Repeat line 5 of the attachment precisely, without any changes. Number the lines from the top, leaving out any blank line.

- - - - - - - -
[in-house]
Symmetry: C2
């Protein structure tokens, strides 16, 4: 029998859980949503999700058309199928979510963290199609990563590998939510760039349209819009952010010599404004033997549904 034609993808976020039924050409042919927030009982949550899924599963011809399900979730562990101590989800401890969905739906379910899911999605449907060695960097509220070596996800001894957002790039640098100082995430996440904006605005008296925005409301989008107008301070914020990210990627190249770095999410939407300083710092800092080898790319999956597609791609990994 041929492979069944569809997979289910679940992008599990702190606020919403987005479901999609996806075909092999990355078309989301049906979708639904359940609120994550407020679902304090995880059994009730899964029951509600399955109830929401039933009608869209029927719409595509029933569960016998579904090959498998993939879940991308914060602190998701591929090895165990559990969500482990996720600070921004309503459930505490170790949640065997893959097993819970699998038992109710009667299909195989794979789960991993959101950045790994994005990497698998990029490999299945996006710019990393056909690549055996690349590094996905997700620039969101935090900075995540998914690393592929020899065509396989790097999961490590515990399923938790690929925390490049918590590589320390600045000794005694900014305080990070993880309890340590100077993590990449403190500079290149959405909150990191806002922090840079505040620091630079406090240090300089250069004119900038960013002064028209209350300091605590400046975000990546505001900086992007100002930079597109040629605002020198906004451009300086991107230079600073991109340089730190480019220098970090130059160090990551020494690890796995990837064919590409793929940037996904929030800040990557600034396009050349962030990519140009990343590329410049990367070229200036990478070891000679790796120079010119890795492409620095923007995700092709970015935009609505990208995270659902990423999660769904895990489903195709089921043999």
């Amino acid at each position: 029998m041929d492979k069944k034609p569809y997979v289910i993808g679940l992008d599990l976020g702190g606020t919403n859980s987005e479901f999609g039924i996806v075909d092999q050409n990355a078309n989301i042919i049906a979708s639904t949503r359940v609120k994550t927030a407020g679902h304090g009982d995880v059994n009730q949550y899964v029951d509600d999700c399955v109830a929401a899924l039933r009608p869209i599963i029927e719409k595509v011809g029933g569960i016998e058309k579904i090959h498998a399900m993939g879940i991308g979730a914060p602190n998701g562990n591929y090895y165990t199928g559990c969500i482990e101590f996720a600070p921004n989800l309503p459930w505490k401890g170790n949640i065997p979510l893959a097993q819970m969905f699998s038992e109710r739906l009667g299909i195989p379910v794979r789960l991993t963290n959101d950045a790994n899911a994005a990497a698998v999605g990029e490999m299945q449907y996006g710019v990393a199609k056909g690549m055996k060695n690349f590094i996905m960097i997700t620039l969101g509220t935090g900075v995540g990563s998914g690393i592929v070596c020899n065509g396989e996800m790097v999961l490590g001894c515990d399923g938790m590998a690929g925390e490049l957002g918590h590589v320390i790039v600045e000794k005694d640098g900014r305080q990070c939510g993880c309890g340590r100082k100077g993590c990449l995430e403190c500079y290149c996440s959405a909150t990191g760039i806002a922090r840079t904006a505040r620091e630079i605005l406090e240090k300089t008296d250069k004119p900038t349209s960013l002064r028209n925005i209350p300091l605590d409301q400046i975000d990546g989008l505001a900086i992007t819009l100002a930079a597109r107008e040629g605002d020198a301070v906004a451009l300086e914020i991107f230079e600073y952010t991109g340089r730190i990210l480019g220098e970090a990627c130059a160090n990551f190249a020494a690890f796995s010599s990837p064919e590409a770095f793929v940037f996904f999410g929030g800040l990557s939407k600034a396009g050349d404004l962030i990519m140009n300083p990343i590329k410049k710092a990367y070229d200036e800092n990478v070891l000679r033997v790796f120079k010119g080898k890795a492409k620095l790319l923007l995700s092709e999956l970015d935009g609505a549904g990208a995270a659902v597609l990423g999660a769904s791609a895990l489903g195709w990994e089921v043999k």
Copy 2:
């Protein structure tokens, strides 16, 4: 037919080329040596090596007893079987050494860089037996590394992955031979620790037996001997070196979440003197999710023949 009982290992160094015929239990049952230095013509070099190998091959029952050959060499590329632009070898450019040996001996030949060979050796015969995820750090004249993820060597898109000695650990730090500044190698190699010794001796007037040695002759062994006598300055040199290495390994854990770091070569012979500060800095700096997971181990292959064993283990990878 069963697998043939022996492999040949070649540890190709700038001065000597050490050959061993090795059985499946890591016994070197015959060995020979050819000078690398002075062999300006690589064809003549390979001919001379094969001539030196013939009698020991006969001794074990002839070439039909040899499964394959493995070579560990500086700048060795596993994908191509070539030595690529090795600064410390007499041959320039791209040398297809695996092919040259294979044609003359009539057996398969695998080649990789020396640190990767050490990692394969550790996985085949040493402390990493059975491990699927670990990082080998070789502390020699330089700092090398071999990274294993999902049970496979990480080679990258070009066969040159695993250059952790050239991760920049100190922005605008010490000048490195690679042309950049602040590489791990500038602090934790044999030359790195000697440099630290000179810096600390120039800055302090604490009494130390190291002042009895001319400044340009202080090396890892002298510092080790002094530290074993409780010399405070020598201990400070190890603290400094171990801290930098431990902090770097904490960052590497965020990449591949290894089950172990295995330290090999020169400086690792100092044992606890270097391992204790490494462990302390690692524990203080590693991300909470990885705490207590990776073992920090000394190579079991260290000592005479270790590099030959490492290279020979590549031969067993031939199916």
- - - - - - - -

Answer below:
Copy 2: